Jeff Bezos, founder of private space company Blue Origin and the, visited the Los Angeles Air Force base, Space and Missile Systems center and spoke to the Airmen, Civilians, and Contractors at the Gordon Conference Center, Oct. 25, 2017. During the speech in front of a large SMC attendants, Mr. Bezos emphasized on customer focus (not competitor focus) and how to build teamwork in a “Disagree but Commit” concept, and U.S. Air Force Brig Gen Philip Grant, Vice Commander of Space and Missile Systems center, presented Jeff Bezos with a book in deep appreciation for his time visiting LAAFB.

At the Financial Times, Robert Armstrong delves into valuing Amazon, a complex company with multiples that are still high, despite them coming down from their peaks. He writes:

Amazon reports tomorrow, and some observers are a little worried that the results might disappoint.

Amazon’s cloud computing business, Amazon Web Services, likely kept roaring ahead in the June quarter. But the retail operation has been reeling a bit. Now that the coronavirus pandemic-driven online shopping boom has blown over, it has been left with excess capacity, falling margins and little growth. Retail sales fell slightly in the last quarter, when third-party sales on Amazon’s site are excluded, and the unit has run at a loss for the last three quarters. High fuel prices will have increased shipping expenses this quarter, too. The result could be a “choppy” quarter, according to Morgan Stanley analyst Brian Nowak. That’s a euphemism, I think.

But if there was ever a company where it was dumb to worry about a single quarterly result, it’s Amazon. This is a company that has remade two industries in the last 20 years, all while showing a lordly disdain for short- term profit. If you like the big story at Amazon, a terrible quarter is nothing but a buying opportunity.

So is Amazon cheap, in the big picture? It’s certainly cheaper than it was. Its market capitalisation peaked at $1.9 trillion about a year ago. Now the company is worth $1.2tn. That’s a lot less.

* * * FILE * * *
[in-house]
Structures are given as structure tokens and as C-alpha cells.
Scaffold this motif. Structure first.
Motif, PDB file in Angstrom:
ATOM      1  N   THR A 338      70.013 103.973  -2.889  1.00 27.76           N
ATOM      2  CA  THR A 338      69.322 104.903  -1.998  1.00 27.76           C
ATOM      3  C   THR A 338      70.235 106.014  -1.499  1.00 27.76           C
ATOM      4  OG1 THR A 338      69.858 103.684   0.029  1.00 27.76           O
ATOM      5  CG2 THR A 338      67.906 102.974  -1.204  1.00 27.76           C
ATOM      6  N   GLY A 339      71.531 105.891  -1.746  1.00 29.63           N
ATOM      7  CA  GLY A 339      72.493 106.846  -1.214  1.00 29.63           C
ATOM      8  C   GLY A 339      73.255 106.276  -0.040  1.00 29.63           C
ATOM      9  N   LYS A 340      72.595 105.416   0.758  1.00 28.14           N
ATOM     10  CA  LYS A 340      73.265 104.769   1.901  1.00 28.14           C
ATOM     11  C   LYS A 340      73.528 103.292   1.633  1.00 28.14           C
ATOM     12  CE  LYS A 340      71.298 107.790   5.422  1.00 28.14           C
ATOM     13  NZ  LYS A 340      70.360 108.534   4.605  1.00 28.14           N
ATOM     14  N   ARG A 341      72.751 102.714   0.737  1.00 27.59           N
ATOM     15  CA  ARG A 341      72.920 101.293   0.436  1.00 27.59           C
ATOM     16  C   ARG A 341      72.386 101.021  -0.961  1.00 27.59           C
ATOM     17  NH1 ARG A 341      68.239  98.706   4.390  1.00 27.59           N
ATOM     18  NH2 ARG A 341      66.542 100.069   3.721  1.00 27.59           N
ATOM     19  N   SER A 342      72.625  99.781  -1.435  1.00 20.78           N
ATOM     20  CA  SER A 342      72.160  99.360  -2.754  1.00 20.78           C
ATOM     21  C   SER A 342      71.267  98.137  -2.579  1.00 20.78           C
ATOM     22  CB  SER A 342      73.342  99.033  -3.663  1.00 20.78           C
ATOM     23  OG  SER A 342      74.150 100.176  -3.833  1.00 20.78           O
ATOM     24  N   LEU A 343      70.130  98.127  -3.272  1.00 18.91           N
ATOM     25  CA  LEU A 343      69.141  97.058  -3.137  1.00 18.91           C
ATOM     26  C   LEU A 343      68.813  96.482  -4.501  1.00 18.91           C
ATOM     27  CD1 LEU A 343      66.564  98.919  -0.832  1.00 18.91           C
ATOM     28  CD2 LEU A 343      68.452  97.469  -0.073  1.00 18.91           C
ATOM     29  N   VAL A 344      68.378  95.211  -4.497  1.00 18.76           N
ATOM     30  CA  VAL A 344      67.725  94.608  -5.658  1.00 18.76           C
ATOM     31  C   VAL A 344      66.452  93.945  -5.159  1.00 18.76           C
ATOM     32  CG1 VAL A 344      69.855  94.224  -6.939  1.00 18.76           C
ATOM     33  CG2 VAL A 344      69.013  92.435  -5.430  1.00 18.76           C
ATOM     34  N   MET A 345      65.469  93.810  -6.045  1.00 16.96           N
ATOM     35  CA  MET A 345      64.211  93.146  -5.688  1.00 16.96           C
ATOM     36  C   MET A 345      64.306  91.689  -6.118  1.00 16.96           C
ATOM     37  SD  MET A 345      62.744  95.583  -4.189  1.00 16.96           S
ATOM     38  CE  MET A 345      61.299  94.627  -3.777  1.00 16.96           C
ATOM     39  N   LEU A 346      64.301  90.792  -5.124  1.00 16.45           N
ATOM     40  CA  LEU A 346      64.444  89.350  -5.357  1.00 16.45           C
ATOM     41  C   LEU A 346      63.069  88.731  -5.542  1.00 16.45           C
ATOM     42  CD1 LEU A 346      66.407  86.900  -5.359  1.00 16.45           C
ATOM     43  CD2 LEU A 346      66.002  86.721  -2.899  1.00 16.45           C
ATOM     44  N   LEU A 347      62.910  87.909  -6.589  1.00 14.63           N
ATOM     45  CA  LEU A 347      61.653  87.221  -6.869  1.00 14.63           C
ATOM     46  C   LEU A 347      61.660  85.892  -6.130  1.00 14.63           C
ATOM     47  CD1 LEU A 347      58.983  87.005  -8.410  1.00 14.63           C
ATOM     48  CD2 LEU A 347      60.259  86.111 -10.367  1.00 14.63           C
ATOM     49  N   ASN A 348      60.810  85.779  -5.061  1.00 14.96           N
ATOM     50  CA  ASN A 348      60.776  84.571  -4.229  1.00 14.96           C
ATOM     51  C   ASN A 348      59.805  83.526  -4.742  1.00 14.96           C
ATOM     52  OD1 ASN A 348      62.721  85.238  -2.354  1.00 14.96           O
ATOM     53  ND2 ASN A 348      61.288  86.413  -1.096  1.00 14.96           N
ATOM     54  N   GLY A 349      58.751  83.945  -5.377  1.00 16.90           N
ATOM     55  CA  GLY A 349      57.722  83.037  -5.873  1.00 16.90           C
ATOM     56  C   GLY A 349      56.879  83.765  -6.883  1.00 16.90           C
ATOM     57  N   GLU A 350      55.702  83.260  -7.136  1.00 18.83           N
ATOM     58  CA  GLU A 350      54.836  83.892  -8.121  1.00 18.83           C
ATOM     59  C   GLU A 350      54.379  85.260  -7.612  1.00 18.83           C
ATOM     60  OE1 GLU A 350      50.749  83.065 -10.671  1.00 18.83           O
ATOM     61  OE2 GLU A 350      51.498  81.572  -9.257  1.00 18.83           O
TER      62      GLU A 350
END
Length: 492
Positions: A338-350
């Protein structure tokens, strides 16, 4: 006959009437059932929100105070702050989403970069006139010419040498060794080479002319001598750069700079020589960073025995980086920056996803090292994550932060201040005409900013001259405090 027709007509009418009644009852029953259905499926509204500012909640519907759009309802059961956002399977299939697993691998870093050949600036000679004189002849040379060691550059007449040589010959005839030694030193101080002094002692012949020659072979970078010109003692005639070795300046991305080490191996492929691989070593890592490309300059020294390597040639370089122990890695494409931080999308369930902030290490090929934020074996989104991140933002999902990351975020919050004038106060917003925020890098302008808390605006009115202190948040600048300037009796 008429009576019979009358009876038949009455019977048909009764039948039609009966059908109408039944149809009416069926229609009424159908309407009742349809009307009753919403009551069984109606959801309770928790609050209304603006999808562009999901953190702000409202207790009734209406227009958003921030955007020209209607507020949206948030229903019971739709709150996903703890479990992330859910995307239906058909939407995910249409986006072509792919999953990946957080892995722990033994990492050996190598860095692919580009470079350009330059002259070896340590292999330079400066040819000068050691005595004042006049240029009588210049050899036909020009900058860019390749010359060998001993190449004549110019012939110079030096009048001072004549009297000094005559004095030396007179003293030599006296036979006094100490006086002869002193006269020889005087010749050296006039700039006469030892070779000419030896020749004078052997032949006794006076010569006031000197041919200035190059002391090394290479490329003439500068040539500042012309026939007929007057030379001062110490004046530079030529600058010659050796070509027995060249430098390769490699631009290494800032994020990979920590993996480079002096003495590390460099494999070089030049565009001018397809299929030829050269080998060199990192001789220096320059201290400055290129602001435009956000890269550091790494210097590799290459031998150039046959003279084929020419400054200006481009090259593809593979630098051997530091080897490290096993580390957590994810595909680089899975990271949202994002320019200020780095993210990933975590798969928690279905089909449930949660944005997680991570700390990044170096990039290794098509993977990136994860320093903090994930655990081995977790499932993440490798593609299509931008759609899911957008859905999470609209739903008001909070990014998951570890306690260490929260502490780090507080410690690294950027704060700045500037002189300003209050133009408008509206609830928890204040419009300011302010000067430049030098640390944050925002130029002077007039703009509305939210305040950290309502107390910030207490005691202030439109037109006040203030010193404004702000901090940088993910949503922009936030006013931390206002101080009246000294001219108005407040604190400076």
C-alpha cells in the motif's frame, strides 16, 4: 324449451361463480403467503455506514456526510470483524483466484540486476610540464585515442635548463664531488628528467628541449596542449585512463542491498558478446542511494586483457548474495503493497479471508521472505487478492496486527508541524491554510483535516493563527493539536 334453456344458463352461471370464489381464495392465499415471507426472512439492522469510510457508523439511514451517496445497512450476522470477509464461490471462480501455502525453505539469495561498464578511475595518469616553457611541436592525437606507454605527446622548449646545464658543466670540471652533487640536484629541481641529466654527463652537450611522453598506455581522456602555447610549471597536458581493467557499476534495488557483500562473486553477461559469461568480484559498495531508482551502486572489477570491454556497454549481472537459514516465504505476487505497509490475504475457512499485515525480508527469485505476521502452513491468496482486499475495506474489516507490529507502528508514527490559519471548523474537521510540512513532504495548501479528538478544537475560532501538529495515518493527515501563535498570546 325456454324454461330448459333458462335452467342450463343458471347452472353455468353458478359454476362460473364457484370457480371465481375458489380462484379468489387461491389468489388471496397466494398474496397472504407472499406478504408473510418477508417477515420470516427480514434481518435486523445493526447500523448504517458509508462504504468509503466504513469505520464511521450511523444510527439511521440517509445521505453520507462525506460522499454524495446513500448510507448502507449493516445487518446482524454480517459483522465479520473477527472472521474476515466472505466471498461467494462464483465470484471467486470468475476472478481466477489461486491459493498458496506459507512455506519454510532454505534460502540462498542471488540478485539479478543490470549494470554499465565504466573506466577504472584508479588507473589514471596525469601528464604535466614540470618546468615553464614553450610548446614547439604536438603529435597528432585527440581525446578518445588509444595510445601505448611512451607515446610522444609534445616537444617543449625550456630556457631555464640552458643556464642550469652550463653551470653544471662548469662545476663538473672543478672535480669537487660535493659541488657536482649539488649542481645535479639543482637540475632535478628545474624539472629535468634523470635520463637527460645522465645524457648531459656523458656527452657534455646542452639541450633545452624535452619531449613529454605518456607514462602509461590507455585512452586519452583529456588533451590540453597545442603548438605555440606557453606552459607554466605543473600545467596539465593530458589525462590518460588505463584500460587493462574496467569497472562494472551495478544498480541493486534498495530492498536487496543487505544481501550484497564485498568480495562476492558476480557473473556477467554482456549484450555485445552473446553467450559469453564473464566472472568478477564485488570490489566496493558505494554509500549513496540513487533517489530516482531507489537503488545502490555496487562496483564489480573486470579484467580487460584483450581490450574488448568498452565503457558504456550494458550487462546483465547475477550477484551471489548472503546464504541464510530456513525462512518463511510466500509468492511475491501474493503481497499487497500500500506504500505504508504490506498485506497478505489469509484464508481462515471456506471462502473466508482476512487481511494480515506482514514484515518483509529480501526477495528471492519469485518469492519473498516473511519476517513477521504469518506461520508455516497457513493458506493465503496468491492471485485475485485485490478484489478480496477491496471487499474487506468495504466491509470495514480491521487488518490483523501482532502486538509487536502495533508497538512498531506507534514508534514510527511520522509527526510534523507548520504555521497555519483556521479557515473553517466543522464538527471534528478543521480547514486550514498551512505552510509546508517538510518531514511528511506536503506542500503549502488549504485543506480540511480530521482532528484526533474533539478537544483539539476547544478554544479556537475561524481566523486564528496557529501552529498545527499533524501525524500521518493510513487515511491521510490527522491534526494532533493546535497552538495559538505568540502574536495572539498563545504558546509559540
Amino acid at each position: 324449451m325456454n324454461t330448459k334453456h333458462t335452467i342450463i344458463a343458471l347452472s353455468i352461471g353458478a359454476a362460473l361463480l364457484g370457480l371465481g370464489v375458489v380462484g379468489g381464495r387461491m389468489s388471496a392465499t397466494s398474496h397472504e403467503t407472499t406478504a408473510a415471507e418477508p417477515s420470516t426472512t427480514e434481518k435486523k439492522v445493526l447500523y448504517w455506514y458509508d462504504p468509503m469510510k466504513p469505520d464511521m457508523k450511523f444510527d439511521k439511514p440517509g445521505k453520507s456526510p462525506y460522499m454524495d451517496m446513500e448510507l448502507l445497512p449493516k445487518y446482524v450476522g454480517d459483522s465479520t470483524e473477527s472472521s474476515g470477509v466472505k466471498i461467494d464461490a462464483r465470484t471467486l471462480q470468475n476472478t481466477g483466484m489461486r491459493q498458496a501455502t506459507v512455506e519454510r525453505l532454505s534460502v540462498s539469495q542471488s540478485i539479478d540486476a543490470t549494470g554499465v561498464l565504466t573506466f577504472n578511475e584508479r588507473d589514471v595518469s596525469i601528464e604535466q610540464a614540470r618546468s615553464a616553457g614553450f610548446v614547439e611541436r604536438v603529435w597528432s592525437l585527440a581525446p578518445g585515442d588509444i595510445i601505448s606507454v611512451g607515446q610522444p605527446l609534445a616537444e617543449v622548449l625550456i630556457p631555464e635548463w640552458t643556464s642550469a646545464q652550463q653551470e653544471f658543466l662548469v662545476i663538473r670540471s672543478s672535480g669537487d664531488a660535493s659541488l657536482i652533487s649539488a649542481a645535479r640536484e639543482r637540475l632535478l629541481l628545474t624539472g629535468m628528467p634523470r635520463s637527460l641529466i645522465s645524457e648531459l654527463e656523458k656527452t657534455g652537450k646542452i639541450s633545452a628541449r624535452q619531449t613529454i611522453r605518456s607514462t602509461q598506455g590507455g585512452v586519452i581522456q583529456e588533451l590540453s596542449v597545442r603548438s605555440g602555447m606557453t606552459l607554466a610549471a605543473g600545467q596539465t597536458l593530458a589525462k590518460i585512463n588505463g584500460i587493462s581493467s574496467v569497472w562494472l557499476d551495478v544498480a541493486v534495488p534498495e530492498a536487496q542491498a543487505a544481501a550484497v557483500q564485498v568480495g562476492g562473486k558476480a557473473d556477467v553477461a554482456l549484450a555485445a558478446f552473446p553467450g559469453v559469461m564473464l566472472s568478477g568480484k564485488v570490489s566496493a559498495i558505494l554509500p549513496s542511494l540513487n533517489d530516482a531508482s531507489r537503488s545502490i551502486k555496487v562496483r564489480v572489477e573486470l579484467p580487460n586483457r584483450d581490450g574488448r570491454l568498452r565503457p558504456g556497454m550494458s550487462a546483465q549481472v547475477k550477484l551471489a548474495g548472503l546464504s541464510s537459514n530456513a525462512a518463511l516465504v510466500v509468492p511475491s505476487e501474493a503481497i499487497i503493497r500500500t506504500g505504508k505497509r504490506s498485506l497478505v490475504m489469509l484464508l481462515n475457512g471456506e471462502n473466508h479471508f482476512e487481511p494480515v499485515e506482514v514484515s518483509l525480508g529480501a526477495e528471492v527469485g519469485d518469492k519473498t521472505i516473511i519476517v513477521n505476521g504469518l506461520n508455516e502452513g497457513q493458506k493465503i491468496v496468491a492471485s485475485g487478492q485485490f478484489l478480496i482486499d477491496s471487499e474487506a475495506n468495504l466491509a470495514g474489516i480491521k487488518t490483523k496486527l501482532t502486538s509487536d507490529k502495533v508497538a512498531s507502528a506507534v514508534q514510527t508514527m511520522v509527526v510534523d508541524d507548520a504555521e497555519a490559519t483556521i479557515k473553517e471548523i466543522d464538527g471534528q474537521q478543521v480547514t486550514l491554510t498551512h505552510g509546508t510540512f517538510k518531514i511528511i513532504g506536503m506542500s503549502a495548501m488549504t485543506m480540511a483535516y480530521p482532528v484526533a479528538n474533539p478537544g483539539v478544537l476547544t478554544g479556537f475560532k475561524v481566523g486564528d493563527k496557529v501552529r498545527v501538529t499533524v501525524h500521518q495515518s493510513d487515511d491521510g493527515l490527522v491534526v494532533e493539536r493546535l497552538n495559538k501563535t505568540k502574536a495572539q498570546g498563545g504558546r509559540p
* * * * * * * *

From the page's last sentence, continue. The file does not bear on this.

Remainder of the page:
It feels odd to even ask if a company trading at 50 times next year’s earnings estimate is undervalued. But because Amazon (and, crucially, its investor base) care so little about near-term profit, multiples of earnings or cash flow don’t tell you much.

So what do you do? The relatively easy part is valuing AWS as an independent business. It has churned out operating profit of $21bn over the past 12 months. Tax that at 21 per cent, and that comes to net income of $16.5bn. A software business growing at nearly 40 per cent in an expanding industry could be valued, conservatively, at 45 times earnings (that’s around where Salesforce trades, and Salesforce is not growing as fast). So AWS is worth $740bn.

Or rather $740bn-ish. We’re talking big, round numbers here, which are the only kind of numbers that are worth talking about with a business and an industry changing as fast as Amazon’s. If you find yourself cutting it fine you’re just kidding yourself. I’m confident that this is a conservative valuation, and if you don’t like my estimate, Barron’s had a nice feature last weekend that went through several other analysts’ sum-of-parts models.

Now we turn to the hard part: the retail side of the business. The market cap of Amazon as a whole (which is an acceptable measure of value to use because the company has no net debt) minus the AWS value just arrived at comes to $425bn or so. So, our question becomes, is Amazon’s retail business worth more or less than $425bn?

Just to give a sense of how big that number is, Walmart, including its debt, is worth about $390bn. Walmart’s sales this year will run to about $600bn, growing in the low single digits. Its operating margin runs to 4 or 5 per cent. Amazon’s retail business is a third smaller and has much tighter margins; it used to grow much faster than Walmart, but didn’t last quarter.

Now, it used to be possible to use the Walmart comparison to come up with an estimate for the value of the retail side of the business. You’d estimate what level Amazon sales would reach in five or 10 years, pencil in a Walmart-like margin structure (on the assumption that Amazon would eventually invest less and earn more), put a growth retail multiple on the resulting net income number, and voila.

Read more here.